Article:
Research and practice models in education

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1 Introduction

Research and practice (R<-->P) models in education refer to frameworks and practice that articulate the relationship between theory and practice.

See also:

2 The Burkhardt and Schoenfeld typology and model

This section summarizes some thoughts and findings from Burkhardt and Schoenfeld(2003)

2.1 Typology of research and practice in education

Model 1: Teachers read research and implement it in their classrooms.

  • Doesn't work since teachers do not have time to read much research, make sense of it, and then use it productively in a classroom. (Magidson, 2002).

Model 2: Summary guides

  • These guides are often produced by either professional organization or support centres. Not very explicit and not enough to be useful.

Model 3: General professional development

  • Long-term professional development for teachers can be effective if text materials provided are consistent. (Briars, 2001; Briars & Resnick, 2000).

Model 4: The policy route.

  • Doesn't work well, since accelerated diagnosis of causes is inevitably speculative, time scales are not effective, policy can outrun the research base, etc. (Dillon, 2003).

Model 5: The long route

  • There can be a productive dialectic between educational research and practice. (E.g. Gardner, 1985; Senk & Thompson, 2002).)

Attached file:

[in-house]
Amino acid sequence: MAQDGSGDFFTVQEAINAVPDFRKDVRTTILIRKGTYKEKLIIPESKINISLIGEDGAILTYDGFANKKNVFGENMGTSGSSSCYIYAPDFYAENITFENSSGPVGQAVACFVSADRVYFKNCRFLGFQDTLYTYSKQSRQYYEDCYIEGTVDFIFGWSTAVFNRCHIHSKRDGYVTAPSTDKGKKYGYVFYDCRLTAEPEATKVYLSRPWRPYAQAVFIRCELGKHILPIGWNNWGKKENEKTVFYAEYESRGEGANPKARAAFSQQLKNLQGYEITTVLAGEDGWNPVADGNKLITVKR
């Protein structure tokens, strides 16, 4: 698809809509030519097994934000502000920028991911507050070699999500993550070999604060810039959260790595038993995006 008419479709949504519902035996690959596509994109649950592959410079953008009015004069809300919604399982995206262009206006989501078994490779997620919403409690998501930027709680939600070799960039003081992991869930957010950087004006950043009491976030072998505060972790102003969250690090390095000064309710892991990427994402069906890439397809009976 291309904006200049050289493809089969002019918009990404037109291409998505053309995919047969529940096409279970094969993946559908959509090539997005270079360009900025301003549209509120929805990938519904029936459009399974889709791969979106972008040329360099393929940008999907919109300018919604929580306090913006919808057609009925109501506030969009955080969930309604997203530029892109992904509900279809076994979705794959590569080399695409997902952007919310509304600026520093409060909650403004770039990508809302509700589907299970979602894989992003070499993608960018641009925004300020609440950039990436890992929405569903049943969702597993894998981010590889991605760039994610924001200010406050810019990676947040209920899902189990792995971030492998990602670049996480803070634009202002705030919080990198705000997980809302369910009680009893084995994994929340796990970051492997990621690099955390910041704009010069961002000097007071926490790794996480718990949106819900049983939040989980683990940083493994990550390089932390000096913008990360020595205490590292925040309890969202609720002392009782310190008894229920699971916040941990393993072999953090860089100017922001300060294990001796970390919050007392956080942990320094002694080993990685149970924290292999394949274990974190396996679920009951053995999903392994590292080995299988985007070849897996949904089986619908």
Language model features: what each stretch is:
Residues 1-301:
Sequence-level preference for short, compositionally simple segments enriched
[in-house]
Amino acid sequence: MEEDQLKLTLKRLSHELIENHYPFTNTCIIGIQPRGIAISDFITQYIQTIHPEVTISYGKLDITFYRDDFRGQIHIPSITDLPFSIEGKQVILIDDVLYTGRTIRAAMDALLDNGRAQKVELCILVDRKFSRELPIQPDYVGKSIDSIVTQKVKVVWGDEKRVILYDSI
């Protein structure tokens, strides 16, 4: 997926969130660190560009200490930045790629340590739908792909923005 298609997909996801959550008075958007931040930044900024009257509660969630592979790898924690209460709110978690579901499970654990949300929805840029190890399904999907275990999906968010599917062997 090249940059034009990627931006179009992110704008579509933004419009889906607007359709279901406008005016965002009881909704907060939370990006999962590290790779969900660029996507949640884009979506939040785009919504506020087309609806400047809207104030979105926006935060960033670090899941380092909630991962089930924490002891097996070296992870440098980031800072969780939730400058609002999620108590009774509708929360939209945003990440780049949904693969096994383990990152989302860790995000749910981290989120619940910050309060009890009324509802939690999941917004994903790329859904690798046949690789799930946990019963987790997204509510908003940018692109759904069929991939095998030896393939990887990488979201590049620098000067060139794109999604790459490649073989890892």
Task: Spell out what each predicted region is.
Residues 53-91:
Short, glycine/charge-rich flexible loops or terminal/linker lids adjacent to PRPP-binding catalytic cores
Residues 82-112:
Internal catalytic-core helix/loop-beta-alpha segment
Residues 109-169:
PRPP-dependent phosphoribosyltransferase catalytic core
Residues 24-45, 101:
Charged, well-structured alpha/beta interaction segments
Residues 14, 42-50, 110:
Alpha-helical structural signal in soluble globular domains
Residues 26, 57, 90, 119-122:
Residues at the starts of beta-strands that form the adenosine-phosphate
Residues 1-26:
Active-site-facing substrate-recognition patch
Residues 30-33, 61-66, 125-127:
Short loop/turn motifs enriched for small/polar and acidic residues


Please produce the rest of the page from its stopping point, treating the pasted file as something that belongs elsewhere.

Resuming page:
• Time scale for substantial R<-->P impact in this case was 25 years, and that evidence on the real impact of such curricula is just beginning to accumulate.

Model 6: Design experiments.

  • “Design experiments represent a much-needed melding of research and practice. Typically, however, they embody only the early ("alpha") stages of the design and refinement process” (Burkhardt and Schoenfeld, 2003: 4)
  • See design-based research

2.2 A model for effective R<-->P

  1. Robust mechanisms for taking ideas from laboratory scale to widely used practice.
  2. Norms for research methods and reporting that are rigorous and consistent, resulting in a set of insights and/or prototype tools on which designers can rely. The goal, achieved in other fields, is cumulativity (p. 5)
  3. A reasonably stable theoretical base
  4. Teams of adequate size to grapple with large tasks, over the relatively long time scales required for sound work
  5. Sustained funding to support the R<-->P process on realistic time scales
  6. Individual and group accountability for ideas and products

Basically, we can summarise this as a call for more use-based research (top/right) in Pasteur's quadrant (Stokes, 1997).